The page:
Everyone reads Genesis, the racy bits in the Song of Solomon, the various Jesus tales in the Gospels, and when you’re really stoned, Revelation. But what about those more obscure chapters, where some old time prophet with a funny polysyllabic name raves against extinct city-states and tribes who haven’t followed his preferred bizarre ritual?
Don’t waste your time slogging through archaic language to read them in the Bible. Let Jay Pinkerton do your summarizing and interpreting for you.
There is some crazy stuff in those books, I tell you.
Being new to Pinkerton, can I get a NSFW, please :P
Can’t wait to get home now- I’m already chuckling at the intro.
You know, if God existed, he would probably strike Pinkerton down for his effrontery. Pinkerton’s continued existence is a strong argument against the Big Guy.
I guess we can look forward to further trenchant analyses by Pinkerton of those wacky OT texts, the prospect of which fills our hearts with joy. Why not have a little fun redacting old fables from the Bible? I mean, isn’t everybody doing it?
Christian Burnham says
Lego Bible anyone? It’s superb.
At least you knew where you were with the old testament God. None of this limp-wristed, wishy-washy, philosophising, parable-quoting, metaphor-creating do-gooder of a God. More like an angry MR T of a GOD.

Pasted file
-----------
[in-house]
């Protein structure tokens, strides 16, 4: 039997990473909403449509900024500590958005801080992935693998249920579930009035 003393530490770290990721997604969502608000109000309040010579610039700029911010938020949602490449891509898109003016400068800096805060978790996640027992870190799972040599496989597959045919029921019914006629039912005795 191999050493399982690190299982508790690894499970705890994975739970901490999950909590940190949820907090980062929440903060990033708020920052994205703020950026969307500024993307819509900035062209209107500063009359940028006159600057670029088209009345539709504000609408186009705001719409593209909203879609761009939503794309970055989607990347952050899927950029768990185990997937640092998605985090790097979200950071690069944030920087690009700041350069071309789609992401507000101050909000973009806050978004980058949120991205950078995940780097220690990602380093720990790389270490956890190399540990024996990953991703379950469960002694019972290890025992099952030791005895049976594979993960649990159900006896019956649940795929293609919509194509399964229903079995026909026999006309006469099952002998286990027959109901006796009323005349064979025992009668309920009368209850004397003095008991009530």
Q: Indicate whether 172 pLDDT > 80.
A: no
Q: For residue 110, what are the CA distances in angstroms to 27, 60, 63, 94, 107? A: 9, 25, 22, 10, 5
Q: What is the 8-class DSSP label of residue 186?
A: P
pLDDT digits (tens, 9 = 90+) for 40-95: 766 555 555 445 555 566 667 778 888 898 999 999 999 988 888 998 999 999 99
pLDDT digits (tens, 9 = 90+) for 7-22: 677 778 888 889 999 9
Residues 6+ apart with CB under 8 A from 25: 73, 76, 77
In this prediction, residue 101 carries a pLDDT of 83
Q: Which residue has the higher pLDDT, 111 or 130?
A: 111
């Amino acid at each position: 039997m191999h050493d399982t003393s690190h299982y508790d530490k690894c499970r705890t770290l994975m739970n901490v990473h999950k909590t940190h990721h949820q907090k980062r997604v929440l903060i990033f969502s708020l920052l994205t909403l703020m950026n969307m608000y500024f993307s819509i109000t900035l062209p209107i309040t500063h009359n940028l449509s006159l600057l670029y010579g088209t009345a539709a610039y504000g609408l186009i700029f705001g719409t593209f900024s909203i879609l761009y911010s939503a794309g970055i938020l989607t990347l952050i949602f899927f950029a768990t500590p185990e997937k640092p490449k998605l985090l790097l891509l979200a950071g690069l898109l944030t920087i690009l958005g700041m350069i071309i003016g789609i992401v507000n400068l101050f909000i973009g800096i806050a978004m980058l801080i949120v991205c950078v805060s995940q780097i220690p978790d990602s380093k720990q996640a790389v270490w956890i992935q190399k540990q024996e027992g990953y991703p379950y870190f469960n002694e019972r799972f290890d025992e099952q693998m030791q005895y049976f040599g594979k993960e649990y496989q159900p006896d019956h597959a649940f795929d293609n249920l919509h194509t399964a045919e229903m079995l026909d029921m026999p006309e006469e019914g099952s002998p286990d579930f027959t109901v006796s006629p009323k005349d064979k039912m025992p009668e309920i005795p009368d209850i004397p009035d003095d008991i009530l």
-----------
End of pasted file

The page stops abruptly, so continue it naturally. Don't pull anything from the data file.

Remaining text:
“You praying to someone else sucka! I’m gonna dash yo fools kids head on the rocks! Learn you good!”
I like the way he cuts out all of the framing from the Bible and cuts right to the chase;)
Pinkerton’s take on the book of Obediah was pure class, more of Judahman please!
Brick Testament is funny. I think there is a different sexual position used for each depiction of the act. Hmmm, maybe they could do a lego Kama Sutra next…
The Holy Bibble is also funny.
Thanks for the link – Jay Pinkerton is my new posting hero.
Also see By the books comics and The complete blogging the Bible
By the way – with the Brick Testament, click on “The Parables of Jesus” and then “Use of Parables Explained”. The editing is a bit creative, but the example is right from the book and shows one of those “Jesus isn’t as nice and fuzzy as everyone wants to claim he is” moments from the NT. The Lego pictures make it especially creepy because the apostles look kinda thuggish in the last picture.